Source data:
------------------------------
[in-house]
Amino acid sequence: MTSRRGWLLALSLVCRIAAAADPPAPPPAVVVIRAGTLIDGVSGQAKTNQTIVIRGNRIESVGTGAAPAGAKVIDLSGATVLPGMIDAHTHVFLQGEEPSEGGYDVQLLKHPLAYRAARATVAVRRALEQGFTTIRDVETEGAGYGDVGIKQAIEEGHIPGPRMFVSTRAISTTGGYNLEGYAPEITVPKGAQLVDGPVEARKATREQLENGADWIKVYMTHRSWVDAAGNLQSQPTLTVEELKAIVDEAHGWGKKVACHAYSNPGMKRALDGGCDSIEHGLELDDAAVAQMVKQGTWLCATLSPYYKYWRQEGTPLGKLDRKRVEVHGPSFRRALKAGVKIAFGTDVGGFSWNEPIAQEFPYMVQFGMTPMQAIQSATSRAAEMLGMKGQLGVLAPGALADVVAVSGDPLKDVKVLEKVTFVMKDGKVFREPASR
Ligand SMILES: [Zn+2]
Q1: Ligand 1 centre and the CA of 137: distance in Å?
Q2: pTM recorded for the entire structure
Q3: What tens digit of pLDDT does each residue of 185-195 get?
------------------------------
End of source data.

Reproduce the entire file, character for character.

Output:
[in-house]
Amino acid sequence: MTSRRGWLLALSLVCRIAAAADPPAPPPAVVVIRAGTLIDGVSGQAKTNQTIVIRGNRIESVGTGAAPAGAKVIDLSGATVLPGMIDAHTHVFLQGEEPSEGGYDVQLLKHPLAYRAARATVAVRRALEQGFTTIRDVETEGAGYGDVGIKQAIEEGHIPGPRMFVSTRAISTTGGYNLEGYAPEITVPKGAQLVDGPVEARKATREQLENGADWIKVYMTHRSWVDAAGNLQSQPTLTVEELKAIVDEAHGWGKKVACHAYSNPGMKRALDGGCDSIEHGLELDDAAVAQMVKQGTWLCATLSPYYKYWRQEGTPLGKLDRKRVEVHGPSFRRALKAGVKIAFGTDVGGFSWNEPIAQEFPYMVQFGMTPMQAIQSATSRAAEMLGMKGQLGVLAPGALADVVAVSGDPLKDVKVLEKVTFVMKDGKVFREPASR
Ligand SMILES: [Zn+2]
Q1: Ligand 1 centre and the CA of 137: distance in Å?
Q2: pTM recorded for the entire structure
Q3: What tens digit of pLDDT does each residue of 185-195 get?